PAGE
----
Ian Anderson 3 p.m., April 23
The Old Globe: Room with a View of Hell
I ended up going to see A Room with a View at The Globe this weekend. I was thinking about writing a rant but I’ll tone it down a bit and just say I hated it.
I hated it on every single level from the libretto to the music to the costumes to the casting to the directing to the sets. What I mean by hate is that it should never have been put on stage. Okay, this is a rant.
Why did I hate it so much? Let’s not fool ourselves and say this was an adaptation of the novel by E.M. Forster. This was an adaptation of the 1985 Merchant Ivory film—a film that I love.
If a company is going to adapt one of the best acted films of all time with artists like Helena Bonham Carter, Maggie Smith, Judi Dench, and Daniel Day Lewis, then they better be ready to be compared to the film.
There were no Edwardian characters on the stage. This was A Room with a View of High School Musical or, as Eddie Izzard would say, A Room with a View of Hell.
The entire show was immature and silly. The endearing English spinsters, the Miss Allens, were played by men and were neither endearing nor funny. I kept thinking that this show was written by, directed by and acted by people who have no culture.
The two leads, George and Lucy appeared to be children playing grown-up and they both had mean little voices. Neither made a sound all night that could have been considered pretty, let alone beautiful.
Then I realized it. I was commiserating with Cecil the misanthrope. In the second act I caught myself thinking, “Yes, Cecil, get them! I hate these people too.”
There were two exceptions. Glenn Seven Allen was a solid singer in the role of Italiano. Jacquelynne Fontaine in the role of Ragazza was tremendous. I thought she had the best voice I’ve heard at The Globe. I looked at her bio and lo and behold, she’s an opera singer. Her singing didn’t come off as operatic in this show; it just came off as nice.
This show should have been an update of A Room with a View. It would have made more sense to go in the direction of Rent which was an adaption of La Boheme or Miss Saigon which was an adaptation of Madama Butterfly.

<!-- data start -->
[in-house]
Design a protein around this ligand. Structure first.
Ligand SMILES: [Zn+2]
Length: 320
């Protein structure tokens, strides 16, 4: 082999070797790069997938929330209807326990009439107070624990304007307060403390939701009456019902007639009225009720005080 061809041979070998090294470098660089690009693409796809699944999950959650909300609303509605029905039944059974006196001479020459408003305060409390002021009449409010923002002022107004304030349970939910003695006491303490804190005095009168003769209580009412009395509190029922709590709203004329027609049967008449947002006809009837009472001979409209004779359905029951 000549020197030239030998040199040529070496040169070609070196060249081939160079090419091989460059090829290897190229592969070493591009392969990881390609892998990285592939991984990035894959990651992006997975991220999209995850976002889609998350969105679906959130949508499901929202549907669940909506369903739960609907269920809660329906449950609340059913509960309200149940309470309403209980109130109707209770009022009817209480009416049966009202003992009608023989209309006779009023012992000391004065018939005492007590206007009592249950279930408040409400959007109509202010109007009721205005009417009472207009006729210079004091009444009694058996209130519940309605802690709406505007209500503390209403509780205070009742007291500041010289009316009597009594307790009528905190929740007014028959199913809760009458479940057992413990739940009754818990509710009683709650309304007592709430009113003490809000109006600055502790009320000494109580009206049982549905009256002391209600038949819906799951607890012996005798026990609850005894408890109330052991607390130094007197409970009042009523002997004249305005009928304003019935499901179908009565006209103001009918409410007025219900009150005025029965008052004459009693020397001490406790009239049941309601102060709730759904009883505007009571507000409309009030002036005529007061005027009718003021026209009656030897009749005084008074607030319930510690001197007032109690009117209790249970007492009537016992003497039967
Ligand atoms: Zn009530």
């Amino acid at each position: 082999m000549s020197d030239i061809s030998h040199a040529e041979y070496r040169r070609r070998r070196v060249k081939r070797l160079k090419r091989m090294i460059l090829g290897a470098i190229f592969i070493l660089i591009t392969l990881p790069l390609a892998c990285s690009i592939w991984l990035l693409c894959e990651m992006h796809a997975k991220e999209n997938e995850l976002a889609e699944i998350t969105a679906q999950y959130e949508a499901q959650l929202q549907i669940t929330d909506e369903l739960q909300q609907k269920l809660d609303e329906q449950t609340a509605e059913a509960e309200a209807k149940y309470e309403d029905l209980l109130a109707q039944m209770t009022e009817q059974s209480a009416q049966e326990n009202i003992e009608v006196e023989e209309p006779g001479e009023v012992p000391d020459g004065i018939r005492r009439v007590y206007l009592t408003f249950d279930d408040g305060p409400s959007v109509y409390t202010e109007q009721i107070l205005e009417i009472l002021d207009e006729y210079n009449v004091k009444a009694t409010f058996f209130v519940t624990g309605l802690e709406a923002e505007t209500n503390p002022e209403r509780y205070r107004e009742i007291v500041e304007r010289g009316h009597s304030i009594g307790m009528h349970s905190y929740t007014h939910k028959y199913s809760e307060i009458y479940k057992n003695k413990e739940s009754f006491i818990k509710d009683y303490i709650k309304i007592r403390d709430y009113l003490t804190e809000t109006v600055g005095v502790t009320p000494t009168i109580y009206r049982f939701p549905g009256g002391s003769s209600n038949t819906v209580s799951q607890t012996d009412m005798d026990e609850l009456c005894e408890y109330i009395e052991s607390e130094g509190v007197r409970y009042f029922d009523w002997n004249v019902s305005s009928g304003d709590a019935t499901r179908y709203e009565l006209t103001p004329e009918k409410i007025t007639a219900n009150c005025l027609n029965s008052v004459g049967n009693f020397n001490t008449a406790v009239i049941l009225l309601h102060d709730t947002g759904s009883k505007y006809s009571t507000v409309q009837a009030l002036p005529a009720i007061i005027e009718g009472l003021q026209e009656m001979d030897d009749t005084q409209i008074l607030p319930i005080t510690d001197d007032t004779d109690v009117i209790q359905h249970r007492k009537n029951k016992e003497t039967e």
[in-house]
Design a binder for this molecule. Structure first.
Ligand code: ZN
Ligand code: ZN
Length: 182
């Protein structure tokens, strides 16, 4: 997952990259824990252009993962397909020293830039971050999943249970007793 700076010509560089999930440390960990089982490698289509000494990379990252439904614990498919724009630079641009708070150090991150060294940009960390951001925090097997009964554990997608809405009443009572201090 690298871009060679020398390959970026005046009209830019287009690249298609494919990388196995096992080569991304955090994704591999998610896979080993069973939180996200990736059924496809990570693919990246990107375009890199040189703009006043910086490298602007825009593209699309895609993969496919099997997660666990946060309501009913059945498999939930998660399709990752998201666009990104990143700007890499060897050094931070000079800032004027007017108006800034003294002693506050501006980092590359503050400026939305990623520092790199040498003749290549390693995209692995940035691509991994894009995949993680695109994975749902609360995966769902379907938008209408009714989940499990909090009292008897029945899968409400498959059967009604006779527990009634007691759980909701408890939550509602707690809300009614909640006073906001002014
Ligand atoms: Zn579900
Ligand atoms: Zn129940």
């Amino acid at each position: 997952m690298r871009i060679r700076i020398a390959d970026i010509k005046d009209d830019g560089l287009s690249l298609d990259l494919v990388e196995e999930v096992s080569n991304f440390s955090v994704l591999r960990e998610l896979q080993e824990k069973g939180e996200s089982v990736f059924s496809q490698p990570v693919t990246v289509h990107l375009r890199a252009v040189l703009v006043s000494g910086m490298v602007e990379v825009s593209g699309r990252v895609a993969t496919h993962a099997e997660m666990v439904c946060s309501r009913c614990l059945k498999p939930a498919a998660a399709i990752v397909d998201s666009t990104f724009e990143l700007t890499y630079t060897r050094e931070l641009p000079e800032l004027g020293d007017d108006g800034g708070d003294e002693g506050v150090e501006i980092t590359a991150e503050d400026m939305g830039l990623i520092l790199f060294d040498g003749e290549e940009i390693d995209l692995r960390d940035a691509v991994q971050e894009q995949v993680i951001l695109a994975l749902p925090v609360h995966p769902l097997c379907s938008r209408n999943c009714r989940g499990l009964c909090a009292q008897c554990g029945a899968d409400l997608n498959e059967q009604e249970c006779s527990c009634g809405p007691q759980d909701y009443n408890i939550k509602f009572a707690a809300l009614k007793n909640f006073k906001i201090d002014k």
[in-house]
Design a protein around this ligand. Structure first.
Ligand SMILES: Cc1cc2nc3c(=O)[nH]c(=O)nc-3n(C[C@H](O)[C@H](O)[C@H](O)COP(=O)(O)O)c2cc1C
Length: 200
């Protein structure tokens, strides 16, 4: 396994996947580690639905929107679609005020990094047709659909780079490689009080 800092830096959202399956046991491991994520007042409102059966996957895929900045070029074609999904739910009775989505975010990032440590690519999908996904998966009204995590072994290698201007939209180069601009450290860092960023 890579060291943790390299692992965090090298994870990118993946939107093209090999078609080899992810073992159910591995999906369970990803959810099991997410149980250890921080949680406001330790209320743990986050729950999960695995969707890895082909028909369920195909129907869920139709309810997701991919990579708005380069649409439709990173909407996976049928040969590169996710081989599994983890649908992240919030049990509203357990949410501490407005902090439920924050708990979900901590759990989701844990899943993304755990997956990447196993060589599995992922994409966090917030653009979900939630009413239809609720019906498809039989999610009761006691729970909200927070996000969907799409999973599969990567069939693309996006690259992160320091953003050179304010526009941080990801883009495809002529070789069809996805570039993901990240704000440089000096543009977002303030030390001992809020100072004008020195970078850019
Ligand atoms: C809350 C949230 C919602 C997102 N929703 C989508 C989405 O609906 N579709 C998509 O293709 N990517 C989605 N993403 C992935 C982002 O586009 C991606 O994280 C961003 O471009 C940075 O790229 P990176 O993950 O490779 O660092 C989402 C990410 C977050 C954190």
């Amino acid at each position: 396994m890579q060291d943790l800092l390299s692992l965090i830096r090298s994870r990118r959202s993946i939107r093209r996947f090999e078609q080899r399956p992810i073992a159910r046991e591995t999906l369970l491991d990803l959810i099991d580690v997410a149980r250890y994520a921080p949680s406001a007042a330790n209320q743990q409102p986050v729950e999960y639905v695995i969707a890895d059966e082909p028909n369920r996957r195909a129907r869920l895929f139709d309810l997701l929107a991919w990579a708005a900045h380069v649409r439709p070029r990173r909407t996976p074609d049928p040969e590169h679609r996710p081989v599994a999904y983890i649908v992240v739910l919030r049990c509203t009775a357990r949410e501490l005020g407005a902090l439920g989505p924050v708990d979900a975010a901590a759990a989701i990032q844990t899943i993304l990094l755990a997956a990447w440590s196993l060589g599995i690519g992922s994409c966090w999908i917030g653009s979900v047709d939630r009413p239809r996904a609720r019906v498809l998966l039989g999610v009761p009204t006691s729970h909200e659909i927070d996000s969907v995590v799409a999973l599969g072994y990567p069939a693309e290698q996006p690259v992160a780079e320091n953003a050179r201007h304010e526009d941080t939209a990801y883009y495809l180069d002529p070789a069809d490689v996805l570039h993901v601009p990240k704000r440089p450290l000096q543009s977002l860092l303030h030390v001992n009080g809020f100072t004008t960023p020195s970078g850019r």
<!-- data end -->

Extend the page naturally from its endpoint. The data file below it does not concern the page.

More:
However, the audience loved it. They stood on their feet and applauded and congratulated themselves for picking a great show to go to.
All I could think was that this show emphasized the disparity of culture in our culture. I think it has always been this way and always will be.
There will always be people like Cecil who wrap their identity in art, culture and music and who look down on those who don’t” get it”. Cecil will always be the minority. There will always be people like George and Lucy who don’t “get it” and they will always be the majority.
The temptation is to take sides. There are no sides. For Cecil to belittle the uncultured helps no one. For Cecil to be vilified as an insufferable prig also helps no one.
So why am I so reluctant to let the audience enjoy A Room with a View? I guess I don’t really care if the audience liked it. That’s fine.
What about my hating it? Sometimes it’s just more fun to be honest about one’s response to something. We are rarely allowed to hate anything that is in the arts because we want the arts to always be great.
Guess what? They’re not.
Warning: this clip uses the "F" word about 40 times or so.
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